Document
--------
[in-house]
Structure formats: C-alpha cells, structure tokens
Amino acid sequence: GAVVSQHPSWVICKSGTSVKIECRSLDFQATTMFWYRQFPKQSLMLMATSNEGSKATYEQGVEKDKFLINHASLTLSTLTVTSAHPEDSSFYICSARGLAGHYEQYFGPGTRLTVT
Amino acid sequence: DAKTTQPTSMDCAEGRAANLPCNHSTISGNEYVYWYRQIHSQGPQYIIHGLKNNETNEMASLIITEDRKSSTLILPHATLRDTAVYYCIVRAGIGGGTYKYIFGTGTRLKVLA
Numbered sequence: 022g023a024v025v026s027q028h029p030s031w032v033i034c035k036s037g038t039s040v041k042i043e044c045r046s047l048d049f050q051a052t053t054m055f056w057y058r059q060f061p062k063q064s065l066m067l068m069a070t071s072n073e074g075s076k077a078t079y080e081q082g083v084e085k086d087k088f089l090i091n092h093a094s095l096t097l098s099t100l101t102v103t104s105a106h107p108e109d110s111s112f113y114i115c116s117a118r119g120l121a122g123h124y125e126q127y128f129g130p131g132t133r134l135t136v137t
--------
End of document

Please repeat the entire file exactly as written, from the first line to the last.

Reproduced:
[in-house]
Structure formats: C-alpha cells, structure tokens
Amino acid sequence: GAVVSQHPSWVICKSGTSVKIECRSLDFQATTMFWYRQFPKQSLMLMATSNEGSKATYEQGVEKDKFLINHASLTLSTLTVTSAHPEDSSFYICSARGLAGHYEQYFGPGTRLTVT
Amino acid sequence: DAKTTQPTSMDCAEGRAANLPCNHSTISGNEYVYWYRQIHSQGPQYIIHGLKNNETNEMASLIITEDRKSSTLILPHATLRDTAVYYCIVRAGIGGGTYKYIFGTGTRLKVLA
Numbered sequence: 022g023a024v025v026s027q028h029p030s031w032v033i034c035k036s037g038t039s040v041k042i043e044c045r046s047l048d049f050q051a052t053t054m055f056w057y058r059q060f061p062k063q064s065l066m067l068m069a070t071s072n073e074g075s076k077a078t079y080e081q082g083v084e085k086d087k088f089l090i091n092h093a094s095l096t097l098s099t100l101t102v103t104s105a106h107p108e109d110s111s112f113y114i115c116s117a118r119g120l121a122g123h124y125e126q127y128f129g130p131g132t133r134l135t136v137t